Fischer continues family-owned business and gives back to community

| April 23, 2018

WARSAW – Jesse Fischer, fourth generation at his family-owned funeral home, Fischer Funeral Home, in Warsaw and Danville, has been a lifelong resident of Coshocton County and he wouldn’t have it any other way.

“The family business was the number one reason I stayed in Coshocton County, but also being able to continue helping in our community, not just through the business, but also through public service,” he said.

Fischer was born and raised in Warsaw, and is a 1998 River View High School graduate. He received his associate’s degree from The Ohio State University in 2001 and a bachelor’s degree from the Cincinnati College of Mortuary Science in 2002. After a year-long apprenticeship and passing the Ohio State Board test for embalmers and funeral directors, he received his state license and began working as part of the fourth generation of the family business.

“I feel that the small town community is important,” he said. “I’ve lived in bigger towns in college and not everyone knows your neighbor’s names, let alone help out in times of need. It’s something you shouldn’t take for granted in Coshocton County.”

Fischer has been involved in the Warsaw Lion’s Club for the past 15 years and has volunteered at the River View Community Park for most of his life, officially becoming a board member 13 years ago. He has also serves on various boards in the community including the hospice board of trustees and at the Coshocton Regional Medical Center. Fischer was also elected to the Warsaw Village Council in 2007.

“My decision to receive my education and return to work for my family was an easy choice,” Fischer said. “I considered journalism and broadcasting careers, but deep down, I knew that nothing would be as rewarding as continuing our work in the community. While helping families and individuals face the loss of a loved one is a huge component to that, also something that I learned at a very early part of my life is the importance of giving back to your community.”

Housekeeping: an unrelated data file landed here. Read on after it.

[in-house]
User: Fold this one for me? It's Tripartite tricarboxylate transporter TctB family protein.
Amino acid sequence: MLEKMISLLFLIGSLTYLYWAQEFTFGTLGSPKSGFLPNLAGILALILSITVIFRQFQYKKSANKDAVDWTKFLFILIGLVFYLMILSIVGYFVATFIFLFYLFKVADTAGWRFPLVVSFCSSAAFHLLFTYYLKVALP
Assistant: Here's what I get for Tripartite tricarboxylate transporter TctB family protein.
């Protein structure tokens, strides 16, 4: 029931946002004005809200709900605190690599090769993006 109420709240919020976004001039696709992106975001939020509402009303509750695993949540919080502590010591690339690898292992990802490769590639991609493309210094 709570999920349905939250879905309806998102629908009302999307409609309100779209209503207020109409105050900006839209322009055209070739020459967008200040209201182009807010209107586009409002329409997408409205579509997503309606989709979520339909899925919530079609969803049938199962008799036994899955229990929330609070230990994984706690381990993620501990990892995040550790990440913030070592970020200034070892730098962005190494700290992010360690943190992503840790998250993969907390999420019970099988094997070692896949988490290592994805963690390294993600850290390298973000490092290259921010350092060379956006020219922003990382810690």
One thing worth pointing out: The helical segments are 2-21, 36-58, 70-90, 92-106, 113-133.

Fischer said that one of the most rewarding aspects of his job as funeral director is seeing others come together during difficult times.

“The most rewarding part is seeing people help each other in times of need,” said Fischer. “Coshocton County does very well with helping their neighbors. You still see people in Coshocton County pull off to the side of the road when a funeral passes by. You don’t see that in other places. It makes you feel good about making your home in Coshocton County.”

Fischer and his wife, Tana, also have a second full-time job, taking care of their three boys: Logan, 11, Jake, 8, and Alex, 4.

“A house full of boys presents a house full of challenges,” said Jesse. “My wife and I are doing our best to meet those challenges.”

In his spare time, Jesse enjoys watching the Cincinnati Reds, OSU Buckeyes, being outside, and bow hunting.

“I believe that as many hard times as we’ve had in our community, there’s also a core of people here who do whatever they can to see the county succeed,” he said. “As long as we have those people around, I’m happy to live here. I believe that we do have a bright future in Coshocton County because we have a younger generation of people who are looking toward the future of Coshocton County and who have the best interest of the county in mind. That’s a positive for the residents to be proud of.”

Editor’s note: The Beacon is working with the Coshocton County Chamber of Commerce to highlight young professionals in the community.

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Category: People & Places

About the Author ()

I have been employed at the Coshocton County Beacon since September 2009 as a news reporter and assistant graphic artist. I am a 2004 graduate of Newcomerstown High School and a 2008 graduate of Capital University with a bachelor’s degree in Professional Writing. I am married to John Scott and live in Newcomerstown. We have two beautiful daughters, Amelia Grace Scott and Leanna Rose Scott.

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